How to make healthy changes stick

Whether it’s Dry January, Sober October, Whole 30 or any kind of challenge where you have to give something up or keep a healthy new habit going, completing it is a real achievement.

Whether it was alcohol, caffeine, sugar, chocolate, crisps, smoking or something else entirely you were abstaining from, you may have noticed you feel better having done so. So, if the time period is over but you’re enjoying the rewards, why stop now?

However you got started with the challenge, if you’ve found positives in making these changes you might want to keep going, but lasting change can feel tricky to maintain. Here’s how to make it easier.

1. Look at change as an opportunity, not a restriction
Bestselling author Michaela Weaver, aka The Alcohol Coach (, has been helping people kick their dependence on drink for almost a decade. “Challenging ourselves to give up something we love or depend on can remind us to look at our lifestyle and ask questions about what we need to change,” says Ms Weaver. “It is the inward reflection that prompts us to think about the benefits of change, and then to start.”

Read: Ways to relax without alcohol

And connecting with the benefits of those changes is key. After all, if you view the change you’ve made as a barrier to happiness, it’ll never feel quite right.

In Ms Weaver’s case, giving up alcohol after realising she had a toxic relationship with it, opened up a wealth of new opportunities for her. “When we are empowered by choice, we can grow into the changes we seek, as we expand away from previous habits and into the future that we want for ourselves,” she says.

A lifestyle change should not make you feel like you cannot do what you want to do, or you’ll be missing out on enjoyment. What are the positive rewards – will it mean you can ultimately do more and enjoy more by not doing something that doesn’t feel healthy for you? You may be giving something up, but the focus should be on the power you are gaining.

2. Don’t be afraid of failure – everybody slips up
During such challenges, there can be a lot of pressure to be 100 per cent ‘perfect’ at giving something up, or cutting something out entirely overnight. But to be sustainable in the long run, you may need a more moderate approach – otherwise, cravings may derail you completely, or you might give up if you feel like you’ve ‘failed’.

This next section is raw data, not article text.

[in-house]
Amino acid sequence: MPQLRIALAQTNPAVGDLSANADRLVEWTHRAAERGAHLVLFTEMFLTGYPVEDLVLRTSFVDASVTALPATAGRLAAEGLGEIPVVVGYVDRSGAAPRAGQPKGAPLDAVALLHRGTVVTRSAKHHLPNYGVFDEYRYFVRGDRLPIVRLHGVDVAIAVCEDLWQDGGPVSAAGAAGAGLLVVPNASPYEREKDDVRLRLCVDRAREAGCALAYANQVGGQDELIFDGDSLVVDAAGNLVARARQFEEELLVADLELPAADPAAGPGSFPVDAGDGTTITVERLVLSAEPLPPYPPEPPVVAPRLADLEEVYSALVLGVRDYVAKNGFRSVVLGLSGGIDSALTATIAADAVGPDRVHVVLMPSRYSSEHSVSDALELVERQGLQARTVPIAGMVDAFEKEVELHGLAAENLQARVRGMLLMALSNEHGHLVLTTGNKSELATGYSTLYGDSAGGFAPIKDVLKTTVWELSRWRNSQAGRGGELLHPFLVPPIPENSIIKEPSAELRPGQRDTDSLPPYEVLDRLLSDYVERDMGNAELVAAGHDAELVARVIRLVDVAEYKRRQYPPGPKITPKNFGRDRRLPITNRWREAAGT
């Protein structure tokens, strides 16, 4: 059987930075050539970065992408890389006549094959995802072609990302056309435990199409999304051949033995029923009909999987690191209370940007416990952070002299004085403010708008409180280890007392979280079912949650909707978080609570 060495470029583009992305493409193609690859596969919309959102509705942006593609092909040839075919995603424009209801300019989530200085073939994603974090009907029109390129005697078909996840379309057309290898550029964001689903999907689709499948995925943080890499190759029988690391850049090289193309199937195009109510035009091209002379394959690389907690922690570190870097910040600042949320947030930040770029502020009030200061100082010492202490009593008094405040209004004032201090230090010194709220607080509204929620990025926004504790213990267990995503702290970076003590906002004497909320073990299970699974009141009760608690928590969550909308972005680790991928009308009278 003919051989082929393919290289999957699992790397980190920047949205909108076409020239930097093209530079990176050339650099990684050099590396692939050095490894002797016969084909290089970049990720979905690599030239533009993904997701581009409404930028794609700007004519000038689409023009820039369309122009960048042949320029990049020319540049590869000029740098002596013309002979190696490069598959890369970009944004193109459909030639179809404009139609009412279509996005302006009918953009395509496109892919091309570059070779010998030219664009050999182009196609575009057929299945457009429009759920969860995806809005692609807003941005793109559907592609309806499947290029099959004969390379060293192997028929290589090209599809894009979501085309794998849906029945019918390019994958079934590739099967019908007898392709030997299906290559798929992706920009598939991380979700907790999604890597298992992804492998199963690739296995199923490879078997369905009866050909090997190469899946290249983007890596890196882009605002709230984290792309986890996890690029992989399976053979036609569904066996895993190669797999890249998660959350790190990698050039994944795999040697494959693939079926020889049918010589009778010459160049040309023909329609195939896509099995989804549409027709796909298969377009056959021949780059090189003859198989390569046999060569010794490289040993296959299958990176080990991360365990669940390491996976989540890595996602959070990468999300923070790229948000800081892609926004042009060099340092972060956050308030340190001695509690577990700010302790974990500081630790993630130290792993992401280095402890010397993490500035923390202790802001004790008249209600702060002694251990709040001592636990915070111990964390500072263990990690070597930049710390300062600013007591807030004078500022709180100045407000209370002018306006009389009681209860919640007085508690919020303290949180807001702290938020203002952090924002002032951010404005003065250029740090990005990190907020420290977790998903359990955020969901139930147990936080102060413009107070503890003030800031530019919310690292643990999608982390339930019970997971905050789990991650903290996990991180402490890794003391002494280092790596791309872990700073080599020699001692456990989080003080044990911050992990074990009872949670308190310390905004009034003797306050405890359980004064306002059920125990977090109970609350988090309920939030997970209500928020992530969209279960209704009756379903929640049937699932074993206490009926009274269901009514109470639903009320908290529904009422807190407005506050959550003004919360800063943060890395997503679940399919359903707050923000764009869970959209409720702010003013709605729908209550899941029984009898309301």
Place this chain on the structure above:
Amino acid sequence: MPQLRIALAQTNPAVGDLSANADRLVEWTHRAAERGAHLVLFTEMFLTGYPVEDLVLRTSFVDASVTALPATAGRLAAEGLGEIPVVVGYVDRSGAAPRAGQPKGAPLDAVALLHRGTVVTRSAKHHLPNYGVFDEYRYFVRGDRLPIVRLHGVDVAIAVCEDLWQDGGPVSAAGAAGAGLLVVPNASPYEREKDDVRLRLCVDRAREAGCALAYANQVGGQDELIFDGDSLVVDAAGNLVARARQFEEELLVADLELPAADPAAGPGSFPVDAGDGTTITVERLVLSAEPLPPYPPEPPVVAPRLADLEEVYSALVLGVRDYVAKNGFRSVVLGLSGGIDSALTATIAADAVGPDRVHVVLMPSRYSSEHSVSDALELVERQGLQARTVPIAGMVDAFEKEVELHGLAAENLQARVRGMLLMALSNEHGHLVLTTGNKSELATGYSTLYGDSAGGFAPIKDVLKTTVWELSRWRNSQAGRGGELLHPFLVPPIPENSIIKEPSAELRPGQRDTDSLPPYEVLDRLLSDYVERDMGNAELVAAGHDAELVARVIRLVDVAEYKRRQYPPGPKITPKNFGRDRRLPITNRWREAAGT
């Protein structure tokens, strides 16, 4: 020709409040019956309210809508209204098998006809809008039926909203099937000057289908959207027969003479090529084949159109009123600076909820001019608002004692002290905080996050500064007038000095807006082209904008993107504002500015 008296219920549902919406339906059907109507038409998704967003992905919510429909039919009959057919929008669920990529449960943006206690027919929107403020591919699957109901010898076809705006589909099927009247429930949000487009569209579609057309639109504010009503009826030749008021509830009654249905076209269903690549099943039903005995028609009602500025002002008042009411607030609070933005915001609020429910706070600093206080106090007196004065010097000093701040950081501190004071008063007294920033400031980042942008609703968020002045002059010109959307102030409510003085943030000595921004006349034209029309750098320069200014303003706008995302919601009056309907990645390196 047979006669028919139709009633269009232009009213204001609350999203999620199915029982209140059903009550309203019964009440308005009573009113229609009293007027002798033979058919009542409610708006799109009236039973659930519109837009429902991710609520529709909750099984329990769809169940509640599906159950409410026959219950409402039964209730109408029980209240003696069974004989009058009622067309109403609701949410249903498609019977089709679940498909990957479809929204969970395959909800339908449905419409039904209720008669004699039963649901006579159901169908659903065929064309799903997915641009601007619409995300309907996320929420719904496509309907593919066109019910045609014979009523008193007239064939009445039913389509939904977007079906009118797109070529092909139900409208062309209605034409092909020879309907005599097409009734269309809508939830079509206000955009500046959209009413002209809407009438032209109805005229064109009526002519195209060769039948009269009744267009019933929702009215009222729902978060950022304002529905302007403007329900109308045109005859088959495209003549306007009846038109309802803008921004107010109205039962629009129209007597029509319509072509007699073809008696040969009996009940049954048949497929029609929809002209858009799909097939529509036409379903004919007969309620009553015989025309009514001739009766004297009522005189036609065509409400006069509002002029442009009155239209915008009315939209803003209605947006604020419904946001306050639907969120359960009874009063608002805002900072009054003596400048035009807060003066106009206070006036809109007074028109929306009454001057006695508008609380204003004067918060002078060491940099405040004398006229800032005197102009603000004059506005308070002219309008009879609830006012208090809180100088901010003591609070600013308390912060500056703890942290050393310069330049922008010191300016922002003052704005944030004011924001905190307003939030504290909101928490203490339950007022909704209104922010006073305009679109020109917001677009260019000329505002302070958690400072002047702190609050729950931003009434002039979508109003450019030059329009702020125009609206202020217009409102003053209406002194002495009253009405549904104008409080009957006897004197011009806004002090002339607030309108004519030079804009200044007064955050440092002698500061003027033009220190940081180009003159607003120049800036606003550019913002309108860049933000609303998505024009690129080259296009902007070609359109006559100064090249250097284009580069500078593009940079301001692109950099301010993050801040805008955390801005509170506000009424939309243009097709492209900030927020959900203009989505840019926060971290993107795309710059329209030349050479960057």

Taking on a 30-day challenge is a great way to build a new set of habits or start better habits. But this challenge could also be to cut down on something, not completely cut it out. For example, only drinking alcohol at weekends, or only having dessert one day each week. These types of challenges place the focus on showing up, even if it is with consistent imperfect action.

Read: When healthy habits go wrong

Making sure your environment is pro-change will also help as motivation often starts out strong but wanes as time goes on. If you want to drink more water, always have a water bottle on your desk. If you want to reduce snacking on less nutritious things, make sure they aren’t in the house.

3. Celebrate your determination
Cravings are a natural part of giving something up that you have enjoyed for a long time. Whether it’s alcohol, chocolate or meat, giving something up will inevitably lead to cravings for that thing you miss.

But, the longer you persevere, the easier it will get – and you should absolutely celebrate your success by finding new ways to reward yourself for your triumphs.

Speaker, therapist and bestselling author Marisa Peer ( says: “Your tastebuds rewire every 10 days. It takes 30 days to build a habit, but when we keep something going, it stops being a habit and becomes who you are.”

And she believes it really does start with mindset: “Every habit of action is run by a habit of thought. When you change the way you think, you change your actions.”

Read: Eight things I learnt from giving up sugar

People are often reluctant to celebrate their wins – but Ms Peer says it’s an  important part of the process. “Praise builds self-esteem, we have to praise ourselves for what we do,” she says. “We have to take a minute to be really proud of ourselves. When you finish something, you feel amazing – focus on the achievement and wins and you’ll do more of that good thing.”

– With PA

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